Look at a crucifix. Reflect on whom that corpse embodied.
The Architect of the Universe, compacted into that bleeding mass.
Can I honestly say, and accept in the depths of myself:
“Yes, it’s inescapable. I am worth that.”
-William J. O’Malley, Holiness
I recently watched the film Calvary and I found myself deeply affected by it.
What really stood out to me was the rawness, the brokenness of the characters. How they represented our woundedness, a fallen world. It was real. And then how the protagonist, Fr. James, like Christ, meets his flock where they are. He loves them and accepts them in their brokenness.
We all carry our own crosses. We all trek towards our own calvary, bearing the weight of past failures, grief, imperfections, regrets…
As I walk my weary way on this earthly pilgrimage, I often consider the weight of my own cross. I wonder what my life would be like without Anxiety, without Obessisive Compulsive Disorder. The days when I struggle to focus, when I notice my jaw clenched tightly shut and my shoulders tense and I have to remind myself to relax. Days when I feel both happy and sad simultaneously. A deep pain that can’t really be explained but which is overlaid with a gratitude. A gratitude that my hurt, my brokenness is not who I am, and that there is a hope beyond any earthly experience, no matter how horrific.
My burden, as small as it is in relation to the world’s pain, helps me to love and appreciate goodness both in myself and in others. What I notice too is that without Christ’s help, without Him walking by my side, helping me carry my cross, if He were to leave me for just an instant, I would be crushed by the weight.
Redemptive suffering is not easy. It can sound romantic sometimes to “offer it up”. To offer ones hurts and sorrows up to God as a prayer – a way of asking Him to enter into our suffering and bear it with us and for us. Which He does.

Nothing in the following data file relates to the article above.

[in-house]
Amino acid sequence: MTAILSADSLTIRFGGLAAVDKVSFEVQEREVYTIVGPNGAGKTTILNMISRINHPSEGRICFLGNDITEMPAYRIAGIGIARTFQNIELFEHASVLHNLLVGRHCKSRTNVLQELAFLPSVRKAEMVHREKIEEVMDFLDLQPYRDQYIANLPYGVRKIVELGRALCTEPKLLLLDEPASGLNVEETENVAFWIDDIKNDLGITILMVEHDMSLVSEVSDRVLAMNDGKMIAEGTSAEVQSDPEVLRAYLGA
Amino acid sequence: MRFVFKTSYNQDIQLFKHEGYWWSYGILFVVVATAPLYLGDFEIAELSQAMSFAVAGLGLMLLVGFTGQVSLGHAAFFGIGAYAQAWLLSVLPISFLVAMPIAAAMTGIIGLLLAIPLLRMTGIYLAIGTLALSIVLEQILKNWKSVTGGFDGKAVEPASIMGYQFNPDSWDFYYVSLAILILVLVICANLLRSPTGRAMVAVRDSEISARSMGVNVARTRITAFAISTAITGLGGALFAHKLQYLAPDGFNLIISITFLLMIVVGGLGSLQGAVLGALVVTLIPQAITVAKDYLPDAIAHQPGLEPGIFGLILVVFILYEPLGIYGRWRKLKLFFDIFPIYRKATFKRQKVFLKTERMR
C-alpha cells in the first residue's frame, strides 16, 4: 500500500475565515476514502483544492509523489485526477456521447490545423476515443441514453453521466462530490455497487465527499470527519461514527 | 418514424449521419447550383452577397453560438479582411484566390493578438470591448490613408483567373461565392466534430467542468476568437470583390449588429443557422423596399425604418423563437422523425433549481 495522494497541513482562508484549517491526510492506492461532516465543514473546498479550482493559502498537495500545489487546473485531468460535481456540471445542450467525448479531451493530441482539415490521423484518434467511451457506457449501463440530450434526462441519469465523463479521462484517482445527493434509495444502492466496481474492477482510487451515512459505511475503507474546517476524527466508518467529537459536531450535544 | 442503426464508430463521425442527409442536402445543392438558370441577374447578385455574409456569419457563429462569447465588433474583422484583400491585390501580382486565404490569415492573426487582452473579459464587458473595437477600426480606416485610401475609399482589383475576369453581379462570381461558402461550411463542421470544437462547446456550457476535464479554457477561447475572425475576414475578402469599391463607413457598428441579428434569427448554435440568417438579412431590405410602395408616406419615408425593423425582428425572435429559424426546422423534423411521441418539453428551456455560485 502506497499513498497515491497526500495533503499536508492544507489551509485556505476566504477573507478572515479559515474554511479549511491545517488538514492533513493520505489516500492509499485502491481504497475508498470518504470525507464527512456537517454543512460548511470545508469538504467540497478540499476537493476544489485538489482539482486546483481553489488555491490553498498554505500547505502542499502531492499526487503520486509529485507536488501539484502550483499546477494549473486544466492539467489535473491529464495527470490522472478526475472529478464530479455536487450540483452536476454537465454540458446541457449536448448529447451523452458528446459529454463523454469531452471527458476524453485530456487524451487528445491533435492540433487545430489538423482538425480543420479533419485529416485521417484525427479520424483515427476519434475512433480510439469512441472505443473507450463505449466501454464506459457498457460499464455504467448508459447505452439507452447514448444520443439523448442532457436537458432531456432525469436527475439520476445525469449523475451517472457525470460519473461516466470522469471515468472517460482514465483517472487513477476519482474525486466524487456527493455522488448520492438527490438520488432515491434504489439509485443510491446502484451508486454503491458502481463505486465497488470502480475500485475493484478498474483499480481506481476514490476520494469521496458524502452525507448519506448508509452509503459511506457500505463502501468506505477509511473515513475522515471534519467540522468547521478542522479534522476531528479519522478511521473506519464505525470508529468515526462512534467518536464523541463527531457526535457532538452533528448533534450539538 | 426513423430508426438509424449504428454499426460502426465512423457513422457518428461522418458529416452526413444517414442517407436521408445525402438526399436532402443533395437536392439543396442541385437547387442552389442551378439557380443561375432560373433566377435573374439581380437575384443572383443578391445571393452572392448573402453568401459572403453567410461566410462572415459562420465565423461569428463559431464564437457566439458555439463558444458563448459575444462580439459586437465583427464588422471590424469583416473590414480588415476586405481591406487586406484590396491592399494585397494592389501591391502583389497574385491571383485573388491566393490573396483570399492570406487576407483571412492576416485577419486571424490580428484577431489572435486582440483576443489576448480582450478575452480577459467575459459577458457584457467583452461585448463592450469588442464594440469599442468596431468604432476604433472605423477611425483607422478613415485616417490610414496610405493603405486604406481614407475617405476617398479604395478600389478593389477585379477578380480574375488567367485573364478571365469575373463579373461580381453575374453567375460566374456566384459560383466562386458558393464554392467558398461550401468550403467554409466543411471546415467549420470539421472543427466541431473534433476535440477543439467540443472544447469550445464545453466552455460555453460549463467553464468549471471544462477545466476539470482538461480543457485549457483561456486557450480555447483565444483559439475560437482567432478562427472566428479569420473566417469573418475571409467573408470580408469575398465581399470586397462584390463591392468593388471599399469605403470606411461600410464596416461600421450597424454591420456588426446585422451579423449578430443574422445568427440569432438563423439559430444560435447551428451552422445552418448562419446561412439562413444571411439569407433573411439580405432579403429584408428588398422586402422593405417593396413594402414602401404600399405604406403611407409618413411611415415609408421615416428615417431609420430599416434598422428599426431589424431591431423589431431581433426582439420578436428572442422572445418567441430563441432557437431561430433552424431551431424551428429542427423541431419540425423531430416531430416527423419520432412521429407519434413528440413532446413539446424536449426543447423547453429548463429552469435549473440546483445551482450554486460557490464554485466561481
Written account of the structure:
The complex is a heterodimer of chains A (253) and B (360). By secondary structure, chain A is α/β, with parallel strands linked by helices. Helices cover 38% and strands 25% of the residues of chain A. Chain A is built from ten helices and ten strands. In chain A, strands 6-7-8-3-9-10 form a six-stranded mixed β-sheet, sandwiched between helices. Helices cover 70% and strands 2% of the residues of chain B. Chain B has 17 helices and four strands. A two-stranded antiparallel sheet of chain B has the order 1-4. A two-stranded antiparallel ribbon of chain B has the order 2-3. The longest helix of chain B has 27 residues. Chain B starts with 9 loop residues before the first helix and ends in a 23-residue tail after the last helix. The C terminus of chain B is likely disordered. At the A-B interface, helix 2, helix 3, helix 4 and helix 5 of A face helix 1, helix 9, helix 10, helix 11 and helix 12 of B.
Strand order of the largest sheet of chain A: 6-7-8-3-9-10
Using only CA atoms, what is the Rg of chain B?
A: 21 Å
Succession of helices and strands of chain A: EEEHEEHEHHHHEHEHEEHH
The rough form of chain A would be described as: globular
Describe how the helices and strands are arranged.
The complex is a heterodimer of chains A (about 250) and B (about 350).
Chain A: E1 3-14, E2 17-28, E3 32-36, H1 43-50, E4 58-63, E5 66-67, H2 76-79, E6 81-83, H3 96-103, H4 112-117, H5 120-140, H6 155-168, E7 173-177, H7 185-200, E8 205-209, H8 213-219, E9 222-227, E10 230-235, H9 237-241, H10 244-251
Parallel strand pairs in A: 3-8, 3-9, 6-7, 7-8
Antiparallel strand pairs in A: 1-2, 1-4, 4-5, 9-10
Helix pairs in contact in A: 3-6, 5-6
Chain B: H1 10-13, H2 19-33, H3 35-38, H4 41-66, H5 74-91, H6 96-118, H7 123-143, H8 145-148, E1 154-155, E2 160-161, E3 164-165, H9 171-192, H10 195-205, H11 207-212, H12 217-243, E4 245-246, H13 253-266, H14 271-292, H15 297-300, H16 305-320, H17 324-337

And as beautiful as it is, it is not easy. When we suffer, we want to not suffer and when I was in my darkest space a year ago in London, I wanted to die. I didn’t want to “offer it up.”
Yet… God was with me in that darkness and that Calvary I experienced in London has been followed by a resurrection. New life, joy, peace… Am I still burdened by anxiety? Yes but I have come to see that I can do nothing by my own strength. And that takes the pressure off!
When we look around the world today and see a broken, fallen world. When we see “nothing new under the sun,” and we feel hopeless, all we can do is trust in the ressurection. Trust that God will have the final say and He will make all things new.
God loves us. We’ve become so desensitised to that saying but I challenge you now to reconsider it. God, the Creator of life and the One who holds everything in its place, who is holding this moment, right now as you read, in existence. This God loves you.
Have you ever been so frustrated and hurt that all you want to do is smash something or hit someone? Well Christ took our blows. He saw our pain, entered into it and as we poured our rage, pain, turmoil, confusion, hatred into each lash, each hammering and piercing of flesh, as we lifted Him up
and mocked Him from our own insecurities, mocked Him from our own fears and pride, He took it all on and loved us, and forgave us.
And now we are weary. We’ve poured and poured and poured our pain out, we’ve tried filling the emptiness with everything we can think of, and now, exhausted we collapse.
It is here, with our faces in the dust, that Christ comes to us.
If the world seems hopeless to you right now, consider that dark day on Calvary as God hung from that Cross. The day God died. And from that darkness and desolation, when all seemed lost, Christ’s victory was won.